i. and the affects of any changes to the network or increasing traffic or adding new applications. routes. Also. field operations teams are notified to perform endto-end testing. The hand held terminal helps them to access loop testing system and to view the complete test summary from remote locations. The following figure depicts a simple Billing flow: .e. Another form of testing is integration testing of network setup for the customer.Mediation systems collect network usage data from the network elements and convert to billable statistics. and access charges of the services. 2. HTTP. video and data traffic. etc. which helps measure call/data quality. etc. network performance. both within the CSP¶s network as well as local access circuits between the CSP and the customer premises. Network testing tools usually simulate a production environment and generate synthetic voice. feature transactions. Upon completion of integration testing. Field engineers typically use equipment and network element specific applications to perform integration testing. these testing tools enable active testing of facilities. during ongoing operations. Network operators or field engineers perform integration testing of services upon completion of activations and other provisioning activities. circuits. These tests typically include tests like DNS. Ping.environments [4]. configured for a customer.. RTP. End-to-end testing includes testing of circuits.3 Billing IDC [6] defines Billing as: the processing and compiling of charges and enabling of revenue collection for network usage. Some service provider¶s use craft access systems for the benefit of field technician¶s access to their internal systems through a hand held terminal [5].

originating and termination numbers. applicable discounts and rebates from promotions.3. It is also used to feed other downstream applications such as Fraud and Churn Management. end time of call. IPDR supports both voice and data. a new standard is gaining acceptance called Internet Protocol Detail Record (IPDR). CDRs are stored until a billing cycle runs. Rating systems apply charges based on pre-configured pricing rules. CDR includes information on start time of call. and holidays. day of the week. provide flexible rating . it was solely a matter of taking the length of the call. etc. Modern rating systems can assign discounts based on calling circles. Call Detail Records (CDR) have been used to record the details of the circuit-switched phone call. In older times. evening. for phone calls. night). 2. using the CDRs/IPDRs. For IP Based Services.2 Rating Rating systems calculate the charge for an individual call. and assigning discounts based on the time of day (peak. IP usage event. This rating process has grown increasingly complex in recent years. Billing systems use mediation output to determine charges for the customers.Traditionally. assigning a price based on the mileage band (calculated by cross-referencing the prefix of the originating and terminating numbers in a table of values). duration of call.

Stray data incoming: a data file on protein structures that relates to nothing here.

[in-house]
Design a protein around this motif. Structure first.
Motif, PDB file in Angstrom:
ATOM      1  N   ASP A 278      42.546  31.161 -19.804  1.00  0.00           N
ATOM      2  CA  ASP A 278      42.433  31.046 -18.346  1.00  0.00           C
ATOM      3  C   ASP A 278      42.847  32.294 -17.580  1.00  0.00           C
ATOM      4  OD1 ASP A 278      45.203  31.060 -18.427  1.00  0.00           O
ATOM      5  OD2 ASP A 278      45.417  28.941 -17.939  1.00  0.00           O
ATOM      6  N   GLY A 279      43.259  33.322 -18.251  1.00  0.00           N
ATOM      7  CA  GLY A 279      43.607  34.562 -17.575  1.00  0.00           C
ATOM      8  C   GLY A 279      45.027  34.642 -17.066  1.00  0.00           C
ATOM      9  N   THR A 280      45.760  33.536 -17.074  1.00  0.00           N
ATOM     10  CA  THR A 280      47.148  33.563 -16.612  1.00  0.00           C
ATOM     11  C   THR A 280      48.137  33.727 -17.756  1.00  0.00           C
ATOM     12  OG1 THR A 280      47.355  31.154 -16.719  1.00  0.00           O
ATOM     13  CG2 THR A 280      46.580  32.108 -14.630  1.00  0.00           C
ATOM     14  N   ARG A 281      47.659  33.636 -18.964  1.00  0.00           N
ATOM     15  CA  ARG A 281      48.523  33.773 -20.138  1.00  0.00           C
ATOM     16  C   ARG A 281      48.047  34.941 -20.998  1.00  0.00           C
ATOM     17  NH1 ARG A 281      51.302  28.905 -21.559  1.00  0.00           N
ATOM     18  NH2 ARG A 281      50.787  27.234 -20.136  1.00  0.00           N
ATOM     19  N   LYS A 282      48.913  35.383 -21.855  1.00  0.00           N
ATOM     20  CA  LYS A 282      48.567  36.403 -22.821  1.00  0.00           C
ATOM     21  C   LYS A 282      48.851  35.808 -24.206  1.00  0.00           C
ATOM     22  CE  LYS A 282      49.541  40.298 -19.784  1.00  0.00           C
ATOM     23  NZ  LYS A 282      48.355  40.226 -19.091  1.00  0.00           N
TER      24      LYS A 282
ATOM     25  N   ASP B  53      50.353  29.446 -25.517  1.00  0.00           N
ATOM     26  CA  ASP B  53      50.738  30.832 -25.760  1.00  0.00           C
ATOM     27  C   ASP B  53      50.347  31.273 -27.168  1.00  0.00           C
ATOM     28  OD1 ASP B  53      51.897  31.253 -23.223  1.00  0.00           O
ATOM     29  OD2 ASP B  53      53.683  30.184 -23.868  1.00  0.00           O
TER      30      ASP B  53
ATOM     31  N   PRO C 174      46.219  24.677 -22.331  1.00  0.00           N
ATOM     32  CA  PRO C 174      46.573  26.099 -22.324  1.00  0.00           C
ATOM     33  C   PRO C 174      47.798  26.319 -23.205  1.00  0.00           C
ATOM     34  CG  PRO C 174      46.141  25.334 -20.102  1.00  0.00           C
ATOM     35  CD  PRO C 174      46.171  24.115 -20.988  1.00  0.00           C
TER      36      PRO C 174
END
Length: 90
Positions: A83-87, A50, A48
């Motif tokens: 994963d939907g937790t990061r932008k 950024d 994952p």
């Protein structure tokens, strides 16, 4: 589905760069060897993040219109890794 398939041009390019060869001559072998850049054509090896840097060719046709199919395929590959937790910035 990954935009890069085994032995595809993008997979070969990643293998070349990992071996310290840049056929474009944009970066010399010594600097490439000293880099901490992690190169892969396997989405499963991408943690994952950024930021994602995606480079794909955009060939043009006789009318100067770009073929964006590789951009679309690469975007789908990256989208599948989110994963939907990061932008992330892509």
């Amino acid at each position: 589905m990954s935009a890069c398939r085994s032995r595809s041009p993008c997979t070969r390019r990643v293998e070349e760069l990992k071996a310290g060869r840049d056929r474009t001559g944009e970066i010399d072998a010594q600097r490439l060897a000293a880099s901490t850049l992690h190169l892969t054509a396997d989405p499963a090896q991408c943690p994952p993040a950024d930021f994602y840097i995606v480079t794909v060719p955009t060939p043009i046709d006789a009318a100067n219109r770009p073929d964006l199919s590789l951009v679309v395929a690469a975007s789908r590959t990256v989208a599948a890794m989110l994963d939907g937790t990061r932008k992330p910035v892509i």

etc. Interconnection Billing In the competitive world of communications. payment records. With unified billing. According to Insight [2]. 2. promotions and discounts associated with the customer account. 2. detect and identify . discounted. Interconnection Billing products support inter-working of a service provider¶s billing systems with the corresponding systems of another service provider.5. billing is usually performed once a month.3. and calculate customer invoices. These serve as strategic marketing tools but can be very complex to administer and operate.3. based on interconnect agreements and contracts. Each customer is assigned a specific billing cycle. recurring charges (such as line rentals).4. Overnight billing batch jobs are among the largest batch environment at a CSP¶s operating environment. In the United States. one-time fees (such as installation and service charges). Revenue Assurance Revenue Assurance & Fraud Management systems verify billing. a customer gets a single bill for all services provided (or billed) by the service provider. 2.3. taxes and credits.3 Billing Systems Billing systems aggregate rated calls. However. appropriately rated. in order to bundle their own products with their partners. the holy grails of the billing industry are unified billing and convergent billing. service providers often tie-up with partners. IP/data usage events.plans based on size of accounts and increase switching costs [2]. in order to successfully settle interconnect billing settlements an effective Interconnection Billing is required. and a single contact for inquiries and negotiation. Billing systems combine rated records with prior balance information. This helps the service providers to provide attractive bundles of products and services. and taxed.